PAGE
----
Investors holding A through D-grade loans, representing approximately 86% of LendingClub outstanding loan balance, will enjoy marginally improved loss-adjusted returns (Exhibit 3). The net impact is a 6.3% projected loss-adjusted returns to investors which is the same expectation as of April 2016.

Exhibit 3 LendingClub Loss-adjusted Return Revisions


Source: Company Data, PeerIQ

According to the 8-K released on October 14th, 2016, LendingClub “will no longer approve loans for certain sub-segments of borrowers who meet a combination of several risk factors such as high revolving debt, multiple recently opened installment loans, and higher risk scores on our proprietary scorecard.”

We do note that the rate revisions due to credit performance suggest significant valuation impacts to Near Prime loan and ABS bond investors.

CommonBond Student Loan Trust (CBSLT) 2016-B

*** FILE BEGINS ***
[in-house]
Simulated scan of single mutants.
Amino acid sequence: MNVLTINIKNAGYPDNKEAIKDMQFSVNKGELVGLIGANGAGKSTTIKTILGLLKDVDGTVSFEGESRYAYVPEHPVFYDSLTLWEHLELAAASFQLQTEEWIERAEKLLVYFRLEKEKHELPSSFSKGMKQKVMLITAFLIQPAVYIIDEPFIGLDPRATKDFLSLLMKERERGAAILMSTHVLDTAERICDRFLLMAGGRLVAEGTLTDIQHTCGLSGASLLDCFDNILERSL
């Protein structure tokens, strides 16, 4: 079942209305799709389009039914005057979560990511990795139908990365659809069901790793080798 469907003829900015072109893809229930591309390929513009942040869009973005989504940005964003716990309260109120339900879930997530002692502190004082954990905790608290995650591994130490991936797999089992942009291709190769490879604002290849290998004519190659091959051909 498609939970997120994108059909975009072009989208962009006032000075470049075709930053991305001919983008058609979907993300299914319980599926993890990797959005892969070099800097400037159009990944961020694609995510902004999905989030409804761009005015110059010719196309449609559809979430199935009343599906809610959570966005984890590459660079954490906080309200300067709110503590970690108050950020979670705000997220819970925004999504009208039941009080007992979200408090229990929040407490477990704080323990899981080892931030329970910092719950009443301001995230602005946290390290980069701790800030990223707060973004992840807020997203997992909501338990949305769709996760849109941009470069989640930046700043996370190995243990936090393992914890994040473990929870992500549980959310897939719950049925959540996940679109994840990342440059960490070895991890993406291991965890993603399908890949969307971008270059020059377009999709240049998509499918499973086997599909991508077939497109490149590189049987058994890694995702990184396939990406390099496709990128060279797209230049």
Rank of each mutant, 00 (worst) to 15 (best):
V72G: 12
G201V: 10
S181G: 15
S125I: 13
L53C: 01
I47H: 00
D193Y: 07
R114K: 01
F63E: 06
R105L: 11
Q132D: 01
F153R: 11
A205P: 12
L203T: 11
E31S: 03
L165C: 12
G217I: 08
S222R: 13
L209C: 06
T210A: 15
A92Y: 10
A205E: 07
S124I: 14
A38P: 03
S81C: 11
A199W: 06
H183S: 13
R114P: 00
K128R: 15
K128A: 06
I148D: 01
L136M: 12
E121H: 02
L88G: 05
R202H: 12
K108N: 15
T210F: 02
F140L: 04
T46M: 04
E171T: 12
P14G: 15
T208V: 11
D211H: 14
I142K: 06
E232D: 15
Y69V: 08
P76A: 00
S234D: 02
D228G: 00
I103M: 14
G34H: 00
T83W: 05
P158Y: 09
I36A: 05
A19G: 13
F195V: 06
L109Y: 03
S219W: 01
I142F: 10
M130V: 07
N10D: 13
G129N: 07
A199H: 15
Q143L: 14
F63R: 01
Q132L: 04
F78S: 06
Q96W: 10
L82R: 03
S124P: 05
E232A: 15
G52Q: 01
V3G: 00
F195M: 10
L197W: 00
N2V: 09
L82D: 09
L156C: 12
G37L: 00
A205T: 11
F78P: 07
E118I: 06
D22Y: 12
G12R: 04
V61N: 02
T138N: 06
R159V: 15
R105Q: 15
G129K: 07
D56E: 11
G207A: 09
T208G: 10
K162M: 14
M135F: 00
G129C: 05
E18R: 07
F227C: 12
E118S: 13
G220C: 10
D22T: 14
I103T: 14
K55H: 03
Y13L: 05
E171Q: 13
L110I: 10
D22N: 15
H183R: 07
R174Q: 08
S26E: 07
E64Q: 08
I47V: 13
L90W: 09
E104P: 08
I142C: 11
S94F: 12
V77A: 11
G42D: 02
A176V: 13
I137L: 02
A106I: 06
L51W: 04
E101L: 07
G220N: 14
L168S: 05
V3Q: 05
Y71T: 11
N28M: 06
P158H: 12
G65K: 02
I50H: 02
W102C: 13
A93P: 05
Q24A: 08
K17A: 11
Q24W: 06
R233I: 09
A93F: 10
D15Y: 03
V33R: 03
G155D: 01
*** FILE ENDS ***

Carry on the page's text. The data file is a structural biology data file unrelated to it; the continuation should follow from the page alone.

CommonBond is a student loan refinance online platform, targeting high credit quality undergraduate and graduate student loan borrowers. Since its inception in 2012, CommonBond has originated over $700 MM in loans through its lending partner The Bank of Lake Mills (BLM), a Wisconsin state-chartered and FDIC insured bank. BLM also back-stopped the reps and warranties CommonBond provided in the transaction.

Since the first deal under CBSLT shelf, CommonBond has established itself as a repeat issuer with a strong deal team, jointly led by Barclays and Goldman Sachs, and co-managed by Deutsche Bank. We expect that CommonBond will continue to issue two to four deals per year, and employ securitization as a financing solution.

The senior bonds A-1 and A-2 of CBSLT 2016-B are A2 and AA rated by Moody’s and DBRS, respectively (Exhibit 4). The credit support associated with both tranches is also relatively consistent with CBSLT 2016-A deal. The DBRS BBB-rated B tranche of this deal has 5.38% initial credit support, which is slightly lower than that of CBSLT 2016-A B. Moody’s did not rate the deal’s B tranche.

Exhibit 4 Summary of CBSLT Deals in 2016


Source: PeerIQ